[Marxism] After The Big Gaddafi - Welcome to Libya's 'democracy' by Pepe Escobar

Ralph Johansen mdriscollrj at charter.net
Thu Aug 25 14:39:12 MDT 2011


Louis Proyect wrote

Does Ralph Johansen really believe this tripe? '.... Sounds like Escobar 
has been reading his Samuel Huntington.

==================

I'd like to hear you take what Pepe says here and deal with it, point by 
point. I dunno, Lou, I neither believe nor disbelieve. I have learned a 
lot from reading Phillip Bobbitt  (The Shield of Achilles: War, Peace, 
and the Course of History) and the writings of Brzezinski, Samuel 
Huntington and others who plot about realpolitik, and also certainly the 
late Peter Gowan. So, I'm sure, has Pepe Escobar.

We know very little - with the "embedded" international press holed up 
in a Tripoli hotel under loyalist guard - telling as is to be expected 
only select bits of the story, aside from oblique suggestions of the 
skullduggery that comes out in the Guardian, WnPost and NYTimes or less 
so on Qatar's AlJazeera. - barely showing in real time, even on Russian 
RT, or mentioning the obvious massive advance obliteration of key 
installations and everything else apparently in Tripoli and other key 
towns and installations.

I post this only for what it's worth.

We don't have what is always needed a Lenin or a Trotsky who can with 
probity and in close contact with correct theory interpret unfolding 
events for us in a consistently positive light. And whether there are 
radical forces who are likely to be effective who could employ that kind 
of advice, in the whole liberatory sense in which "radical" is used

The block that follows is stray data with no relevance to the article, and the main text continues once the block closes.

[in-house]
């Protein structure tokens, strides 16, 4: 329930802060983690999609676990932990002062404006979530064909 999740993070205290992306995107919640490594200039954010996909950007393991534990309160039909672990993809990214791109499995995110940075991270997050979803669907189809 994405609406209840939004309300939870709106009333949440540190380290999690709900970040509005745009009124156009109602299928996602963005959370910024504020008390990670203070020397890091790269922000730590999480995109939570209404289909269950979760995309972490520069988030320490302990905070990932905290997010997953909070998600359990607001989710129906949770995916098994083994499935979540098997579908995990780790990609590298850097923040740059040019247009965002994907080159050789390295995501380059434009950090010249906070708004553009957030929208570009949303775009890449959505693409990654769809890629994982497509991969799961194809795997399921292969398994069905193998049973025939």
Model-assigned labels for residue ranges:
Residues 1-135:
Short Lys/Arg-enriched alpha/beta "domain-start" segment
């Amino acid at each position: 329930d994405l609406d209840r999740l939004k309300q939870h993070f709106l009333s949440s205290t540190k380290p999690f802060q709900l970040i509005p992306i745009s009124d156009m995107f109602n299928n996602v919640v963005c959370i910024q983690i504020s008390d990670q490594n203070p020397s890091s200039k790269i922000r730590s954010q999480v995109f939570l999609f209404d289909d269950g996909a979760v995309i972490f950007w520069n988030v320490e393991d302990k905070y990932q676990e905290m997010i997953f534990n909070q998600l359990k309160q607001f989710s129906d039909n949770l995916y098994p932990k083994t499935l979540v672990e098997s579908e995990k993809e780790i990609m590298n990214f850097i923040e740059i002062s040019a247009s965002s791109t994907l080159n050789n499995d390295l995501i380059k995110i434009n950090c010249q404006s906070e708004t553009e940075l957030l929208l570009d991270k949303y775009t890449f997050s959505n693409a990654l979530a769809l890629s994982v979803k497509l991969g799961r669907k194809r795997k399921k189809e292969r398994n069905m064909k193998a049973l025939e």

here, certainly doesn't show so far, Yes, there seems clearly to have 
been an uprising in the West of Libya, whether ethnic, regional, 
religious or as is unlikely socialist is unclear to me, and some 
stirrings in Tripoli reported early on, in February and March, but they 
did not seem to be well-organized or coordinated and lacked visible 
leadership, and all this in a country which did not have the economic 
problems, from what I have read, (Libya has, with a small population one 
of the highest per capita GDPs in Africa and in Gaddafi a quirky and 
megalomaniacal but in terms of Libya's locally perceived national 
interests, credible leader) that Egypt, Yemen and Tunisia have. And they 
were quickly submerged.

Pepe may be smoking the stuff, he may be cynical, but he's got some kind 
of track record, as a reality check. And his references to what happened 
in Kosovo and 1980s Afghanistan as analogy - "It's hard not to be 
reminded of the UCK drug gang in Kosovo - the war NATO "won" in the 
Balkans. Or of the Pakistanis and Saudis, with US backing, arming the 
"freedom fighters" of Afghanistan in the 1980s" -. could be quite accurate.

The quid pro quos being extracted right now are rarely retracted, and 
with consequences that create international pariahs, and the NTC as 
puppet force, with the prospect of other forces, religious and secular, 
in opposition, sounds credible to me.

I would like to hold to a distinction between being cynical and being 
aware of reality. I have read articles by Pepe which reflect that.

Also, air power is a blunt, inexact instrument as Patrick Cockburn 
points out, but when used massively with properly trained special ops 
coordinating disparate, loosely organized indigenous forces, it no doubt 
can do the job, as part of a larger scheme. The "imperialist boots on 
the ground" phrase may have limited purchase for the time being, and 
become reality in the mopping up. We'll see.

But I'd like your response.




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